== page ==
The Supreme Court, through the 1991 Amendments to Fed.R.Civ.P. 45, trusted attorneys as officers of the Court to issue subpoenas. This change made life easier for attorneys but it also granted attorneys access to the power of the Court and with it the attendant responsibility and liabilities.[6] "The risks attached to the misuse of the subpoena power are great. Under this delegation of public power, an attorney is licensed to access, through a non-party with no interest to object, the most personal and sensitive information about a party."[7]

         When an attorney signs and issues a subpoena, he or she assumes the liability and responsibilities for misuse of the Court's subpoena power.[8] A supervising attorney assumes the liability and responsibilities for his or her subordinate attorney's and paralegal's violations and an attorney "cannot escape liability for this abuse of process by pointing to the inexperience of a subordinate."[9]

         Fed. R. Civ. P. 45(a)(4) requires a party serving a non-party subpoena to provide prior notice and a copy of the subpoena to all parties.[10] "The term 'prior notice' means notice prior to service of the subpoena on the non-party, rather than prior to document production.[11] "By failing to receive prior notice of the information sought from the non-party, a party is deprived of its greatest safeguard under the Rule, i.e., the ability to object to the release of the information prior to its disclosure....Moreover, the injury resulting from attorney misuse of the subpoena power is not limited to the harm it inflicts upon the parties. Rather, misuse of the subpoena power also compromises the integrity of the court's processes."[12]

         "Courts generally respond to Rule 45(b)(1) violations by striking the subpoenas or allowing opposing counsel an opportunity to object."[13] We note some district courts review whether a party is prejudiced from the lack of notice when deciding to quash a subpoena.[14] We recognize, as of today, no subpoenaed party produced responsive documents. As such, Defendant's counsel timely moved to quash and we are able to timely review and act.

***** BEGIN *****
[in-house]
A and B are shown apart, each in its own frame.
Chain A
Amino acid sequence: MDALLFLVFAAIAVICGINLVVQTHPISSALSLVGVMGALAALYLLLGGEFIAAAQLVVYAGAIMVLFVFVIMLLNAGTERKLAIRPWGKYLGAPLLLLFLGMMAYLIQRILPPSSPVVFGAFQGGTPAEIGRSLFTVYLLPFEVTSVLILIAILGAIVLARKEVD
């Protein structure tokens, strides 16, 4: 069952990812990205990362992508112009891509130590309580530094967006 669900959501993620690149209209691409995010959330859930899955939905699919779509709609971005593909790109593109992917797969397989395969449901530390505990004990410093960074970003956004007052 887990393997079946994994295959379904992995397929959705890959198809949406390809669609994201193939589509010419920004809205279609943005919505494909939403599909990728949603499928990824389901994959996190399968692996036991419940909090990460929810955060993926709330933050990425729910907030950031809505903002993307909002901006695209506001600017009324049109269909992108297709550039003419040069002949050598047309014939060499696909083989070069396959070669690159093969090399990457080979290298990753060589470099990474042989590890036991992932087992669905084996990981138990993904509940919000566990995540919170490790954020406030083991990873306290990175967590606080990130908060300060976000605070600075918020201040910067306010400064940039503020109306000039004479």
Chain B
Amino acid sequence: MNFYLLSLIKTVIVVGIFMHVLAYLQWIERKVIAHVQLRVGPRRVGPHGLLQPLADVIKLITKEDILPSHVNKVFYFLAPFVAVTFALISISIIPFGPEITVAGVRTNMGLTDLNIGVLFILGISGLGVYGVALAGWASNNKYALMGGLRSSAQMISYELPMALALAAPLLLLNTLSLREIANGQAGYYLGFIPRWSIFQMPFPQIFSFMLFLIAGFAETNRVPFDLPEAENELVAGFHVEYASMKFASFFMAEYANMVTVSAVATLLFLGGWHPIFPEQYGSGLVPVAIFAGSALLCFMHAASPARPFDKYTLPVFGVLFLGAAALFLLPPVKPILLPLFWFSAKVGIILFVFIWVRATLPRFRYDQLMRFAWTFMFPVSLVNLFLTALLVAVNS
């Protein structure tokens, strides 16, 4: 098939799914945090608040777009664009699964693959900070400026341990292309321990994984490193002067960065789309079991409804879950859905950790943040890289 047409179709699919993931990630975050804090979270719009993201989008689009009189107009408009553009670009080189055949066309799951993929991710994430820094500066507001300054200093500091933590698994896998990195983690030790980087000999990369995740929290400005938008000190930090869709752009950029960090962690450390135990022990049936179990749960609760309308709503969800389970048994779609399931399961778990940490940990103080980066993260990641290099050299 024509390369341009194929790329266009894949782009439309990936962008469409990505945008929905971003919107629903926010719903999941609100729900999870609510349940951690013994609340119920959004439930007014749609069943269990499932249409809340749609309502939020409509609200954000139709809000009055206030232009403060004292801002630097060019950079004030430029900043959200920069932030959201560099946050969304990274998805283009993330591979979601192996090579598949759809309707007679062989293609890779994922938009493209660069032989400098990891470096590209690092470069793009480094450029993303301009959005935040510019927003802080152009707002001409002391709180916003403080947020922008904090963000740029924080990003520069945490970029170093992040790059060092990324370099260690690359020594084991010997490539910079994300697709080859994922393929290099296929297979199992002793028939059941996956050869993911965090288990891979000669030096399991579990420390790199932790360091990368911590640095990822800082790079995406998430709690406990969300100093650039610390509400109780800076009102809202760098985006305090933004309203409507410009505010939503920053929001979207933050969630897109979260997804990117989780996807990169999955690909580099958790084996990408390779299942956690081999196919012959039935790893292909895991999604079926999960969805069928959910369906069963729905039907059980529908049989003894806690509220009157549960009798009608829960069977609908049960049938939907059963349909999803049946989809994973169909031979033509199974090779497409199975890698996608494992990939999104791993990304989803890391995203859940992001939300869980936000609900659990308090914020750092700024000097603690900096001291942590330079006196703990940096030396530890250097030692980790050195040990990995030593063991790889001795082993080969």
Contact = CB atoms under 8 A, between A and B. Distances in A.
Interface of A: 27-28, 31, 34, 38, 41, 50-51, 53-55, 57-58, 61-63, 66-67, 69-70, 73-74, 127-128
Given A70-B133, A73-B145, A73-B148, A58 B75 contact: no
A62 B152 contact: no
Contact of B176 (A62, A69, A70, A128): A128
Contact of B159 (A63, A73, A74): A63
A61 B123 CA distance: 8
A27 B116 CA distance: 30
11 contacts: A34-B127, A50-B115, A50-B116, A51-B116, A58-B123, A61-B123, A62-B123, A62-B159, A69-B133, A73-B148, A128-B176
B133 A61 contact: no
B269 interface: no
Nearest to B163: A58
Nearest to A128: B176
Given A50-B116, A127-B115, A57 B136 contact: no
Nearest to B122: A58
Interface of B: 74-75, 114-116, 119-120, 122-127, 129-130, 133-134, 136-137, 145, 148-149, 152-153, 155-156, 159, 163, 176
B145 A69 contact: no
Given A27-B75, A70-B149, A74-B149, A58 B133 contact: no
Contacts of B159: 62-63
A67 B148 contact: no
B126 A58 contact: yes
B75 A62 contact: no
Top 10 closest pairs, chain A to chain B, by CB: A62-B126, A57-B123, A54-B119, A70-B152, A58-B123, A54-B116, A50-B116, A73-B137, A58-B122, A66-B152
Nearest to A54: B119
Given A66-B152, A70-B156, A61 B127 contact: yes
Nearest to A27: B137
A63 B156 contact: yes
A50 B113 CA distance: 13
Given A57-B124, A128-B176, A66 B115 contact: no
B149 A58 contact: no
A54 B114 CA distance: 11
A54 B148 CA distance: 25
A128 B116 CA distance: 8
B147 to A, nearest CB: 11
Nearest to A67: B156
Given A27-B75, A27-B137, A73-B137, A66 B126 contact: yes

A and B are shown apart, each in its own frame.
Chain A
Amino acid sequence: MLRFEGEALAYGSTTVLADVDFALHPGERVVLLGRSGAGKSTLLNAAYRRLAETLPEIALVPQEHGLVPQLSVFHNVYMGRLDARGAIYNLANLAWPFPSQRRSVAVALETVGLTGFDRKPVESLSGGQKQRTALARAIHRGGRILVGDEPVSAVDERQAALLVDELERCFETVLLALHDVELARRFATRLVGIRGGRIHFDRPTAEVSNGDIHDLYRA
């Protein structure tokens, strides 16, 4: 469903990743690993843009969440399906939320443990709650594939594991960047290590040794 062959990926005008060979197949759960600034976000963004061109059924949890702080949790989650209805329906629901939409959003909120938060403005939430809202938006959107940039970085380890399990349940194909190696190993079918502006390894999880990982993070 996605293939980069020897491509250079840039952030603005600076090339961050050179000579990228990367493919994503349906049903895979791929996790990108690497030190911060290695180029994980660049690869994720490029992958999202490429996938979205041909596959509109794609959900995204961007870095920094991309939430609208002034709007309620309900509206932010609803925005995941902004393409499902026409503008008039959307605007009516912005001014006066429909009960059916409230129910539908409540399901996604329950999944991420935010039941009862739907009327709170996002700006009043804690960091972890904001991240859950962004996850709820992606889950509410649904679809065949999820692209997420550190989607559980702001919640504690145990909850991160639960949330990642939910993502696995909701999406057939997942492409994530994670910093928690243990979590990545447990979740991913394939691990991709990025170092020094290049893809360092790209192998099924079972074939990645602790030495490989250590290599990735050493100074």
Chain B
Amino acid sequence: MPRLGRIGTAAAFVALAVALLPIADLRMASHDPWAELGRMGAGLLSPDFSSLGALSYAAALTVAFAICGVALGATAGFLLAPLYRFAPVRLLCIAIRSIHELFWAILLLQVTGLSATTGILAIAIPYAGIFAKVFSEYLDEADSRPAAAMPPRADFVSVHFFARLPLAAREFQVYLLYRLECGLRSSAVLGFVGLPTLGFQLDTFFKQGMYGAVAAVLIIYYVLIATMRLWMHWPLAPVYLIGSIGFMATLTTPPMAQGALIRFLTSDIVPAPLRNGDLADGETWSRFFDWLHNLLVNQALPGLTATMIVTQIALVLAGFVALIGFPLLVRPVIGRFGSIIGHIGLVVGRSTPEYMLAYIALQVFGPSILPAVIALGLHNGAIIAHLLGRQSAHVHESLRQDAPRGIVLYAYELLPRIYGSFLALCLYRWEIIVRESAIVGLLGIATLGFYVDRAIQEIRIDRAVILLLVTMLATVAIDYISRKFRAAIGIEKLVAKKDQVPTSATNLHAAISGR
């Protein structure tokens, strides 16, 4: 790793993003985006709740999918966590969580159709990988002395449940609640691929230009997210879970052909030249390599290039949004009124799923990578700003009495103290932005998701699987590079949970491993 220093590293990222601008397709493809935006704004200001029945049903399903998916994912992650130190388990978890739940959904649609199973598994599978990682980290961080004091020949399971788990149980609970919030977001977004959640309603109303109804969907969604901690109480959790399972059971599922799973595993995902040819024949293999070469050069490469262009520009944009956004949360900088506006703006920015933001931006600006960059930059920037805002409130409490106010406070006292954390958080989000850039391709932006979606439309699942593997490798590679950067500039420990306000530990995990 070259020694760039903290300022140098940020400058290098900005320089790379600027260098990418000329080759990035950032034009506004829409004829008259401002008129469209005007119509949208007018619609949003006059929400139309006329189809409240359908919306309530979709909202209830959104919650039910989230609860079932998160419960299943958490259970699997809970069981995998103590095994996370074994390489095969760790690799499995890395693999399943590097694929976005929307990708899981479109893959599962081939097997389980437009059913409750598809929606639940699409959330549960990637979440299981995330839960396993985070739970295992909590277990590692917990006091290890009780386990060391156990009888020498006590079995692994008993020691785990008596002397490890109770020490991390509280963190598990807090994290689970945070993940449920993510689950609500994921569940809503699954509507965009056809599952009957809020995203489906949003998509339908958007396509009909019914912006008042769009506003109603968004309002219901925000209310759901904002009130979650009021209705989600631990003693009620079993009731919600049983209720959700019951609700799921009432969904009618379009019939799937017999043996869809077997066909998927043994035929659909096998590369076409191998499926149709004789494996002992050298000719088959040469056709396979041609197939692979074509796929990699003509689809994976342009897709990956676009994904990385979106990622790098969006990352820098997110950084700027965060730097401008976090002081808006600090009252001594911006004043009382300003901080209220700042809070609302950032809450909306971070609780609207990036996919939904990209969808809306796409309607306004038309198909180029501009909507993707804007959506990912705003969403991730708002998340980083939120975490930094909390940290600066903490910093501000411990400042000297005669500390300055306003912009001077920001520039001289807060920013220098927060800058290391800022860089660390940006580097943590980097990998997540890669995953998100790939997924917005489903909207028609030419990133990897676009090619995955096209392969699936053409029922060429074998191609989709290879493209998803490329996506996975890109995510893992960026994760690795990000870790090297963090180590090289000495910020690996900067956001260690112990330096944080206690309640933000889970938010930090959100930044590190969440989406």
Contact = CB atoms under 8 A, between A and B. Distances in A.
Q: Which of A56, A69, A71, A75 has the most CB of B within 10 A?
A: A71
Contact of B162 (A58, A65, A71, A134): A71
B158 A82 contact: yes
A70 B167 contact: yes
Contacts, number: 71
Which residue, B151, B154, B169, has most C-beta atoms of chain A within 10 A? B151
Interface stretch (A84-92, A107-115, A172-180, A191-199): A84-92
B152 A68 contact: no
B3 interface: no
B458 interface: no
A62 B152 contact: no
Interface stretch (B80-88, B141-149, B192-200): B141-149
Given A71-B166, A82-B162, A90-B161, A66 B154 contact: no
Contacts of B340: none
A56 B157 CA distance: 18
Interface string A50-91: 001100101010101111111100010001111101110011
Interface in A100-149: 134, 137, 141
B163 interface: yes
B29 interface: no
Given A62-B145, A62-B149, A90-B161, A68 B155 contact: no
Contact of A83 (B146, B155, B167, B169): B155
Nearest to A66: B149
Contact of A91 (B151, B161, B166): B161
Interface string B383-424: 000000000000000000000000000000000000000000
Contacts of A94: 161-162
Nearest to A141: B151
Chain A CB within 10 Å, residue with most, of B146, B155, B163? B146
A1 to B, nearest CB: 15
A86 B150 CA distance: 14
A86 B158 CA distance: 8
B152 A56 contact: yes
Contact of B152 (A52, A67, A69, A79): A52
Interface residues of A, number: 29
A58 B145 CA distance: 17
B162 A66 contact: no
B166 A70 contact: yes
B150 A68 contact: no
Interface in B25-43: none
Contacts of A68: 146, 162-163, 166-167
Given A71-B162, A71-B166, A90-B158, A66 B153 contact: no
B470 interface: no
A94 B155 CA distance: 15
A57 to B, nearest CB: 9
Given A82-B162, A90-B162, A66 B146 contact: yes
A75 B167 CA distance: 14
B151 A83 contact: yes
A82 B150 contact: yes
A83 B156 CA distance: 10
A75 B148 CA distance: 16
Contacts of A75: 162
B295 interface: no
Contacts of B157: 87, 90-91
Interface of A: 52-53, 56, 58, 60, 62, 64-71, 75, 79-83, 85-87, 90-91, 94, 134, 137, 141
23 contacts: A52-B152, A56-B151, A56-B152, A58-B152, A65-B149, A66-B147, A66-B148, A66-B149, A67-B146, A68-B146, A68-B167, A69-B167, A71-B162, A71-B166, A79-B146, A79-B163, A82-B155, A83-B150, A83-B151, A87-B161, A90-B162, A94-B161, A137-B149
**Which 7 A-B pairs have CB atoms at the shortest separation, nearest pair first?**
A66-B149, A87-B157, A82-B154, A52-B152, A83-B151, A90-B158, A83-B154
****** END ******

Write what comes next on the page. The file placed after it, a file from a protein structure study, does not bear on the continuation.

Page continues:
While we understand a lack of prejudice has some role in measuring the sanction, we cannot permit lawyers to issues subpoenas without prior notice to obtain information under the invalid use of judicial authority. While we are not aware of responsive document production, we can (as we are not so far removed from the practice of law) appreciate the agita and immediate steps necessary when an opposing counsel discovers a third party has been subpoenaed without his knowledge. The Rules are specifically designed to avoid this harm, including Fed.R.Civ.P. 1 's mandate upon both lawyers and judges "to secure the just, speedy, and inexpensive determination" of this family dispute. Judge Robreno aptly explained why the "no harm, no foul" defense to misuse of subpoena power is not limited to the party lacking prior notice to object but harms the public at large.[15] "Rather, misuse of the subpoena power also compromises the integrity of the court's processes. Under Rule 45, an attorney, as an officer of ...